At the end of the school day children go home, except for the approximately 2.5 million of “America’s Youngest Outcasts,” who have only a homeless shelter, car, or street corner to which they return with homework and hunger as their companions.
A report, titled “America’s Youngest Outcasts,” published by the National Center on Family Homelessness states that nearly 2.5 million American children were homeless at some point in 2013.
According reports, the center’s calculation was based on the Education Department’s latest count of homeless children in public schools, currently at 1.3 million, plus estimates of homeless preschool children counted by other agencies. While it is an important first step in tackling child homelessness, getting exact numbers can be hard.
“This data is deeply disconcerting,” says Bill Young, chief development officer for ForKids, a charity working to serve homeless families in Virginia.
“Still, the study is undercounting because, while the school data is reliable, it really has only the HUD (Housing and Urban Development) data to speak for the zero to pre-k children who are homeless.”
Mr. Young adds that outside of schools supplying reliable data, the numbers get more fuzzy.
“One of the challenges with family homelessness as a whole is getting good data that will allow us to appropriately size the problem. We’re also not even close to serving the number they are identifying here either.”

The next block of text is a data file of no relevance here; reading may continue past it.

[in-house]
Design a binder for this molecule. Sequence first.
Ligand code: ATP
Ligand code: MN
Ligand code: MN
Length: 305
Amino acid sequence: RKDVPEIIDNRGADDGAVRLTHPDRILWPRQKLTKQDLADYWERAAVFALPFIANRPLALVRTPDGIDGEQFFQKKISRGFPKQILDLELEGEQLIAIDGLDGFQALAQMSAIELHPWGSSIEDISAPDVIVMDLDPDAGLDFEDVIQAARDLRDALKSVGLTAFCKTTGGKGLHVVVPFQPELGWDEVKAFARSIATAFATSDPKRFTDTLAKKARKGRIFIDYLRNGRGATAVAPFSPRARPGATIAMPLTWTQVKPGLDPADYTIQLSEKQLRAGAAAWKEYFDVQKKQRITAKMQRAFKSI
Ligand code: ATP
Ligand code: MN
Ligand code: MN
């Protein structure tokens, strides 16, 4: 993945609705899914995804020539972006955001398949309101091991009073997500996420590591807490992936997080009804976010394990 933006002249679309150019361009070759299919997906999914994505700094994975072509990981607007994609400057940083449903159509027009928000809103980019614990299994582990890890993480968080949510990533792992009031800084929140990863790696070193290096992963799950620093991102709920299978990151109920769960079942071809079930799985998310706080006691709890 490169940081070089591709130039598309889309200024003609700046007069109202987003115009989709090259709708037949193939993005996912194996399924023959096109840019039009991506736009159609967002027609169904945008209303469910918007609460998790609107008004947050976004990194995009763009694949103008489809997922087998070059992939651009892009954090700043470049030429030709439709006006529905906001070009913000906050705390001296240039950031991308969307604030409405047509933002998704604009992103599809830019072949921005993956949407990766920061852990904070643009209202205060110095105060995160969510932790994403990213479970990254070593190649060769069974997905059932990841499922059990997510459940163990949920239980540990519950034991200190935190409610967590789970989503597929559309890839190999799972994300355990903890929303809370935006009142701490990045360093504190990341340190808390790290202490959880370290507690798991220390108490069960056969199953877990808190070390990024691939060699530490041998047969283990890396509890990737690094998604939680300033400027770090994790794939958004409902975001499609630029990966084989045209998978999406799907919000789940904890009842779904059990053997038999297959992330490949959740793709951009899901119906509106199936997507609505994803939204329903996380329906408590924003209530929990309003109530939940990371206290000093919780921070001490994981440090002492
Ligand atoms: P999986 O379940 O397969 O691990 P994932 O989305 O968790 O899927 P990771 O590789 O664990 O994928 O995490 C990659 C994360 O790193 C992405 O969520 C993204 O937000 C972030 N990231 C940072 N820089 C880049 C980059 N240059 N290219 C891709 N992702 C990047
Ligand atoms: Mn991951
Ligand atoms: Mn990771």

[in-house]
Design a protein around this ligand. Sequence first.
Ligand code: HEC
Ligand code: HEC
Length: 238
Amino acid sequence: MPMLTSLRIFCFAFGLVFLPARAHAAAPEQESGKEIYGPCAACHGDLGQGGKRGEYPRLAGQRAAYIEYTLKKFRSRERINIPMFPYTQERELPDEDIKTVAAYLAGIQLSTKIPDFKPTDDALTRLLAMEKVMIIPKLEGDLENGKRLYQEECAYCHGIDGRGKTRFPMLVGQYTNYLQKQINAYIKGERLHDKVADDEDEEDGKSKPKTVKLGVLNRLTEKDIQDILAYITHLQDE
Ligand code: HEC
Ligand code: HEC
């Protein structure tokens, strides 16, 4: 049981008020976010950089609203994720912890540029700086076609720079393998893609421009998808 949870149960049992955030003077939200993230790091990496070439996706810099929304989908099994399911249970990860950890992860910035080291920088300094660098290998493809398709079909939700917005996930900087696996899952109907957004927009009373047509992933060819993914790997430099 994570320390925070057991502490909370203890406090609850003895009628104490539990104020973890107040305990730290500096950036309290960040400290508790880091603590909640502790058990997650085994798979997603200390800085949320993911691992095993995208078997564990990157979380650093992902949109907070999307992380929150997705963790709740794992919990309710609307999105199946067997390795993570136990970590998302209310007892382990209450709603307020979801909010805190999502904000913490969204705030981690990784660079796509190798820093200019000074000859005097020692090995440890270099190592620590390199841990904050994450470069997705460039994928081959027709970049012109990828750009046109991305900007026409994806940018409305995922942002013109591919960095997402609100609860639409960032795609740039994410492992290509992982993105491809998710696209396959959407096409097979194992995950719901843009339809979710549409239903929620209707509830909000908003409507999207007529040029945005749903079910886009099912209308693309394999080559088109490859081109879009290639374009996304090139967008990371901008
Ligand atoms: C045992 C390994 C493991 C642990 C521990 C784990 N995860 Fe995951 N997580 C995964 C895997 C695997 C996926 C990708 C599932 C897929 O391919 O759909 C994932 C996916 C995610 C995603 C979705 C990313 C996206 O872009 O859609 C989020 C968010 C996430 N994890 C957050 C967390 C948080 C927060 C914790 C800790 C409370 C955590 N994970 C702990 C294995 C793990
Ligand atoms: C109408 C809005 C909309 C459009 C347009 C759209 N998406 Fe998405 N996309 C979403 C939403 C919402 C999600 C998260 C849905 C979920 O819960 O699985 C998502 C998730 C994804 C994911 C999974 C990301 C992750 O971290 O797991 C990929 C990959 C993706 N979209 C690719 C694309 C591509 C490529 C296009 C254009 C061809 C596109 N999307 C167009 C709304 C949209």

Young explains this may be because schools are often viewed by homeless parents as a source of free, enriched child care for which is an incentive to send kids to school. Therefore school numbers are often more accurate than HUD data which relies on intermittent head counts at shelters.
“I think when they focus on school data, while not perfect, at least it tends to be more reflective and have a broader definition – families doubled and tripled up,” Young says referring to the practice of homeless families being taken in by relatives or family members.
He points out that it is fairly common for people not to identify themselves as “homeless” because they are not living on the street, in a shelter, or motor vehicle. ForKids often has to help families to define homelessness – when a family does not have a place of its own – as a first step in order to seek help.
I have learned a lot about this topic and the work of For Kids and other organizations are trying to do since I answered a request for holiday gifts and food posted by a homeless mom on an online community message board at this time of year several years ago.
At the time, my husband felt we needed to be doing a better, more impactful, job of making our four sons into volunteers instead of becoming focused on their own Christmas lists. He felt that just giving canned goods or a used coat for the needy was a good start, but we needed to be more hands-on in our family’s volunteerism.
The family of three (mom, dad, and daughter) was living in a minivan in mid-November. The mom had used a computer at a local library to post on the message board that she wanted to give her child “a good holiday” which included some food for Thanksgiving and perhaps a gift for Christmas.